Weekly Photo Challenge: Nostalgic

Growing up I spent many an hour at my grandparent’s home. Yet it was only after my grandfather, Claude Worcester (May 11, 1891 – July 01, 1969), died that I learned of, or perhaps began to appreciate, his interest in art. At age 16 I was already seriously interested in photography, and so I came into possession of his Seneca Chautauqua folding bed camera for 4×5 inch glass plates. I’m not sure anyone in our family was even aware of this camera’s existence.

The camera was built after 1904. Considering the Kodak Brownie was introduced in 1900, my grandfather’s purchase of a glass plate camera demonstrates a certain level of commitment to photography as an art. As a worker on the line in a shoe factory, obtaining this camera must have involved financial sacrifice as well.

In the box with the camera were several prints, glass negatives and a box of unexposed plates. None of the prints or negatives were of his wife or children. Did he put the camera away upon his marriage in 1917?

This artifact leaves me with many questions. What drives a person to pursue art against odds? Did family obligations force him to set aside this passion? What happens to a person when they are forced to give up a love? Could my grandfather’s art influenced me, even though I never saw him take a single photograph? This photo essay is an exploration of those topics.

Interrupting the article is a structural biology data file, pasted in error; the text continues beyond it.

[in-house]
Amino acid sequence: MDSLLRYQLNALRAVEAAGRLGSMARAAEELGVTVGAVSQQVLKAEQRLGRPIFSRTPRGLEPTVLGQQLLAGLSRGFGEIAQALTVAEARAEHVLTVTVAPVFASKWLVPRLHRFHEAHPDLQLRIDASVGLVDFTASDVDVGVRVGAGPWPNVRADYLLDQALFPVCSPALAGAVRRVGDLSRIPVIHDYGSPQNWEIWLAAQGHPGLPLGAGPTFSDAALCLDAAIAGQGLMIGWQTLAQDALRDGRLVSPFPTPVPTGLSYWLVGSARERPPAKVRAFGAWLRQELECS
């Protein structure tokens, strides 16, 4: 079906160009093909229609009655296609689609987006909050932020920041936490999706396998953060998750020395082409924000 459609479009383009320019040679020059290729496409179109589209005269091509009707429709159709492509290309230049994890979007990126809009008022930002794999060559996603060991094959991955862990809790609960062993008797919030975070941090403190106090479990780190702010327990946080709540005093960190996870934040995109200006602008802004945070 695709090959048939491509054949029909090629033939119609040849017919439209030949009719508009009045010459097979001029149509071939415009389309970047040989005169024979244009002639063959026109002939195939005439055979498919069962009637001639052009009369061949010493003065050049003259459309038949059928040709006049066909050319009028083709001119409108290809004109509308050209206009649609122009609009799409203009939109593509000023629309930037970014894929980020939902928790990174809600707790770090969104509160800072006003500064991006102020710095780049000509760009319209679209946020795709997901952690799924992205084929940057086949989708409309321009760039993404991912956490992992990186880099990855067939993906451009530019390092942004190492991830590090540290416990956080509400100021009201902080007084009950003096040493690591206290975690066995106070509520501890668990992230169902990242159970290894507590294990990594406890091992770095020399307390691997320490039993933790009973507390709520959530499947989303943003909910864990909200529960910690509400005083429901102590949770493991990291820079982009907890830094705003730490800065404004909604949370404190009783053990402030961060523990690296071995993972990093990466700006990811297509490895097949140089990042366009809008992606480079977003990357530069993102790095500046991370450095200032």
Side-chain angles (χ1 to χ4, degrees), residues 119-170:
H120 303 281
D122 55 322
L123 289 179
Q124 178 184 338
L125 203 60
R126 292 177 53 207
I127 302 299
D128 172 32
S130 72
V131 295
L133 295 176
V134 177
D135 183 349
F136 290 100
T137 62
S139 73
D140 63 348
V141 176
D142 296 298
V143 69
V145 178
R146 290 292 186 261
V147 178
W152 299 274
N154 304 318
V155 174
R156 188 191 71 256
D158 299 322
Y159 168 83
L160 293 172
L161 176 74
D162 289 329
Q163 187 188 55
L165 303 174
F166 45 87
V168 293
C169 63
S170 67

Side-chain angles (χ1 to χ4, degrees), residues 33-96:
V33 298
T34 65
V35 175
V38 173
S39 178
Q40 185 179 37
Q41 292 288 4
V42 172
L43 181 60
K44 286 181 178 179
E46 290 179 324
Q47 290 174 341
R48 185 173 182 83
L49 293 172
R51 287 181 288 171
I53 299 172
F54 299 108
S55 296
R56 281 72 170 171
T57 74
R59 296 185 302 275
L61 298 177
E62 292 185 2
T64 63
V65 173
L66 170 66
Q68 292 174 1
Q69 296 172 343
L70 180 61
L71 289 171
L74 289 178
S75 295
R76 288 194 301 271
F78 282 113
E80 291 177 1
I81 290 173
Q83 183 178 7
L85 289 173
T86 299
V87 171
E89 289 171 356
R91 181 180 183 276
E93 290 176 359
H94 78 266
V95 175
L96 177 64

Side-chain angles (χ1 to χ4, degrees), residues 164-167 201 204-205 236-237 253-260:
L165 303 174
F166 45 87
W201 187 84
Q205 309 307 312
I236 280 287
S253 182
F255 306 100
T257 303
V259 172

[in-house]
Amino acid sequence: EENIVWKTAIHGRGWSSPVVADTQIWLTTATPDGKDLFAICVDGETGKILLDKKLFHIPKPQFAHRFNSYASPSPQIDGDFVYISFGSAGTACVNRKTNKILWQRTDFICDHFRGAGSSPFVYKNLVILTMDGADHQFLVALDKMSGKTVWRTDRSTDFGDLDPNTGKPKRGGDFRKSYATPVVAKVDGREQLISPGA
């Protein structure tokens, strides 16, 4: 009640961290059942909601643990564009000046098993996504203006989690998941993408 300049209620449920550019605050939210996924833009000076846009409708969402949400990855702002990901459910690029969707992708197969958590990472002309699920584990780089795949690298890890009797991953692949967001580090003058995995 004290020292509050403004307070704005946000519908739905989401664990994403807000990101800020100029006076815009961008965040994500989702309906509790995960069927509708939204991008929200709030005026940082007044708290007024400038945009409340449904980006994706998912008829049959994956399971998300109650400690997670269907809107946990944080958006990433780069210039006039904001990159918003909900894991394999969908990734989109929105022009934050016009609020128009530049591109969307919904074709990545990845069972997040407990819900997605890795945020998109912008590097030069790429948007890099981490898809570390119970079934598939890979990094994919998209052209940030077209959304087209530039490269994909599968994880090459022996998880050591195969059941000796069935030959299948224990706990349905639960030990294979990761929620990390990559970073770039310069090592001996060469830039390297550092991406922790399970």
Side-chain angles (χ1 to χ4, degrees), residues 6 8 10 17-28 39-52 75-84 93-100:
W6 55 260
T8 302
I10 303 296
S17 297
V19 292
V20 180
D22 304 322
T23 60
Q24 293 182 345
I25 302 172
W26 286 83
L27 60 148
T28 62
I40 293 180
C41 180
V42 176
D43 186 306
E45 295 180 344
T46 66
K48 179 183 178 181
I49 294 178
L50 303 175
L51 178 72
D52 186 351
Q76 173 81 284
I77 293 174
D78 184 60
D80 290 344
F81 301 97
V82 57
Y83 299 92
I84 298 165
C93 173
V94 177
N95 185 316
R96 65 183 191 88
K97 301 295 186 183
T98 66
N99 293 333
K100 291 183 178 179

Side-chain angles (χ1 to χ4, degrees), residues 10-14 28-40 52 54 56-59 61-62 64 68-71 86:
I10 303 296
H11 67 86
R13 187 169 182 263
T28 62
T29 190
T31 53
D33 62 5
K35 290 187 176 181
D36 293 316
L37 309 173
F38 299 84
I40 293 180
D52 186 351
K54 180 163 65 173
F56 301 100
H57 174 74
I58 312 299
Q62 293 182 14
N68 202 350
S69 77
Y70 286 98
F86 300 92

Photography then and now: The Seneca Chautaqua Camera
Photography then and now: The Seneca Chautauqua Camera
My grandfather's camera
My grandfather’s camera

I scanned the un-printed glass negatives. The images are presented in the gallery below. The woman feeding the chickens is my grandfather’s mother. No one alive today knows who the other people are.



  1. “A spirit in my feet said ‘go,’ and I went,” is how Brady later explained his motivation for taking his photographic practice into the field during the Civil War. The grandfather of American war correspondents, Brady used the fortune he had made from his successful New York portrait studio to place dozens of photographers, like Alexander Gardner, in various parts of the theater of operations during the war. By his own estimate Brady spent nearly $100,000 on this pioneering endeavor. After suffering great losses in the financial panic of 1873, Brady was temporarily rescued from financial ruin by an act of Congress authorizing the purchase of his daguerreotypes for the nation. An archive of over 7,500 of the Brady Studio’s Civil War glass negatives came to the Library in 1943.

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